• introduction of software programs which monitor and certify all raw material suppliers including cobalt, in corporate procurement.8 Suppliers are required to comply with regular site inspections and also reporting requirements; and
  • a greater emphasis is being placed on recycling cobalt from used smartphone batteries, or moving to invest in recycling technologies and research.9

What does this mean for Australian companies?

With the introduction of the Modern Slavery Act Bill 2018 in the Commonwealth Parliament, and the passing of the Modern Slavery Act 2018 in NSW, businesses will be required to report publically on where there is a risk of slavery in their operations and supply chain and the steps taken to eliminate that risk. For energy and technology companies, supply chain review will ultimately require consideration of the source of the cobalt used in batteries.

In contrast to the UK Modern Slavery Act 2015, the Australian Modern Slavery Act will require reporting entities to specifically address mandatory criteria, including:

  • describe the risks of modern slavery practices in the operations and supply chains of the reporting entity and any entities that the reporting entity owns or controls;
  • describe the actions taken by the reporting entity and any entity it owns or controls, to assess and address those risks, including due diligence and remediation processes

Businesses may expose themselves to a damaging reputational backlash if they are not alert to these risks and do not properly address them in their modern slavery statements. Under the NSW Law, there are penalties of up to $1.1million for misleading information contained in a modern slavery statement. Australian businesses publishing misleading reports that misdescribe their modern slavery risk may also contravene the Australian Consumer Law.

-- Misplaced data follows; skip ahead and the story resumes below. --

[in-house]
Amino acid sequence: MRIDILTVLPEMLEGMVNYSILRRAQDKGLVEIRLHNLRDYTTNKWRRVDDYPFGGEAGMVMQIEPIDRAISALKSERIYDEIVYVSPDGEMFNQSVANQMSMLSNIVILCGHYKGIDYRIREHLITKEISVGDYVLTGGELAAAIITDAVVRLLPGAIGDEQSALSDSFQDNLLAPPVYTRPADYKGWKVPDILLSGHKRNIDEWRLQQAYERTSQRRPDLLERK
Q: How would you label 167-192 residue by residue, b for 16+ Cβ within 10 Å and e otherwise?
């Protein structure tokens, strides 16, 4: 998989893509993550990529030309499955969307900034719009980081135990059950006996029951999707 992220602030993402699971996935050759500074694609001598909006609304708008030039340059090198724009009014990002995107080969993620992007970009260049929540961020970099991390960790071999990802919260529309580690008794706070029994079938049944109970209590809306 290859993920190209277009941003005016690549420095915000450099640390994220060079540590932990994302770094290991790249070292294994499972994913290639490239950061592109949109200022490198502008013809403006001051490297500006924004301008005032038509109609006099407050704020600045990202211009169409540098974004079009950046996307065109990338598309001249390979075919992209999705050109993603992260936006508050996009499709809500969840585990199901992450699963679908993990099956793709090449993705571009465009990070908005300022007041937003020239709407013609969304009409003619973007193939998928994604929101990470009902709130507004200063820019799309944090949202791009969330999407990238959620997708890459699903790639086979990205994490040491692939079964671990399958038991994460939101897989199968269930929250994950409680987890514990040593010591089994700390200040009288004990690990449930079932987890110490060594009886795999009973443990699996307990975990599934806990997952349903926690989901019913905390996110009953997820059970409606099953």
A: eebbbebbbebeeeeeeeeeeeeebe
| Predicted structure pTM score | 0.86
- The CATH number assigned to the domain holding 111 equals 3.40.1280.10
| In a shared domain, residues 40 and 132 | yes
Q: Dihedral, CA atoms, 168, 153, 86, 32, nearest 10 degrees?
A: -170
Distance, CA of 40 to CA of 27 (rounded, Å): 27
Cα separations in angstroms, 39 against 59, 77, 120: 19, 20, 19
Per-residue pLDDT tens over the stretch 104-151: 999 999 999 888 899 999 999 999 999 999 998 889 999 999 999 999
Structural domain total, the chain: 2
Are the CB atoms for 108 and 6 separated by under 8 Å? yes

How to prepare for the Modern Slavery Act reporting requirements?

To prepare, businesses that have not already done so should consider the following steps:

Mapping supply chains and organisational structure on a global basis, including subsidiaries and related entities, to identify high-risk areas.

  • Implementing software to enable on-going evaluation of performance against clearly defined targets.
  • Assessing the human rights risk of potential subcontractors or suppliers through a questionnaire or vetting procedure before contracting. Considering information provided by suppliers in relation to cobalt and how the risk of modern slavery is being managed.
  • Increasing engagement with suppliers to monitor the accuracy of any self-reporting, or negotiating for contractual warranties as to ongoing compliance before committing to long-term arrangements.
  • Comparing the company's current practices with established international standards such as the Voluntary Principles on Security and Human Rights.
  • Developing a plan for reporting and corrective action where human rights abuses are identified.
  • Addressing which business functions will have the overall responsibility and accountability of such issues and training staff accordingly.

Commencing this process early is essential to ensure compliance with the reporting requirements. At least for energy storage, batteries are likely to be one of the highest risk elements of the supply chain.

Batteries can overcome many of the issues with reliable storage of renewable energy. However, their use comes with corresponding human rights challenges - challenges that Modern Slavery transparency laws will inevitably uncover.